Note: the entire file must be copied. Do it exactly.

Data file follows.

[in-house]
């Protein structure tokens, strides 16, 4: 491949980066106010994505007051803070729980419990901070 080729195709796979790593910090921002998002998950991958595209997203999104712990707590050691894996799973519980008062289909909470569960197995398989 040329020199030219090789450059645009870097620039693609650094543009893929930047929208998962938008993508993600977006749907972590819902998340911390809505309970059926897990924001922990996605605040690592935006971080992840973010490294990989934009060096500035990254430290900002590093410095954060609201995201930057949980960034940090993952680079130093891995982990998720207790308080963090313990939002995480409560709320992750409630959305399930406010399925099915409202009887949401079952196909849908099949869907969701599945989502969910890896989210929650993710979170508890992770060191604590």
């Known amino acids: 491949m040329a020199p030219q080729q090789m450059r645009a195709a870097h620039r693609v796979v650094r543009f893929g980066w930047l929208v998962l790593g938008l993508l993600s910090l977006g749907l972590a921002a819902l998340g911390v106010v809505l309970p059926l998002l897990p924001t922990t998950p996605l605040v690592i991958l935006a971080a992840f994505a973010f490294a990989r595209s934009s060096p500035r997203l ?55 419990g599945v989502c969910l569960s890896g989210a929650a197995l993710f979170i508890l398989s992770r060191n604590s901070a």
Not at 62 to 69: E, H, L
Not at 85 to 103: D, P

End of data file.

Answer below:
[in-house]
């Protein structure tokens, strides 16, 4: 491949980066106010994505007051803070729980419990901070 080729195709796979790593910090921002998002998950991958595209997203999104712990707590050691894996799973519980008062289909909470569960197995398989 040329020199030219090789450059645009870097620039693609650094543009893929930047929208998962938008993508993600977006749907972590819902998340911390809505309970059926897990924001922990996605605040690592935006971080992840973010490294990989934009060096500035990254430290900002590093410095954060609201995201930057949980960034940090993952680079130093891995982990998720207790308080963090313990939002995480409560709320992750409630959305399930406010399925099915409202009887949401079952196909849908099949869907969701599945989502969910890896989210929650993710979170508890992770060191604590």
């Known amino acids: 491949m040329a020199p030219q080729q090789m450059r645009a195709a870097h620039r693609v796979v650094r543009f893929g980066w930047l929208v998962l790593g938008l993508l993600s910090l977006g749907l972590a921002a819902l998340g911390v106010v809505l309970p059926l998002l897990p924001t922990t998950p996605l605040v690592i991958l935006a971080a992840f994505a973010f490294a990989r595209s934009s060096p500035r997203l ?55 419990g599945v989502c969910l569960s890896g989210a929650a197995l993710f979170i508890l398989s992770r060191n604590s901070a």
Not at 62 to 69: E, H, L
Not at 85 to 103: D, P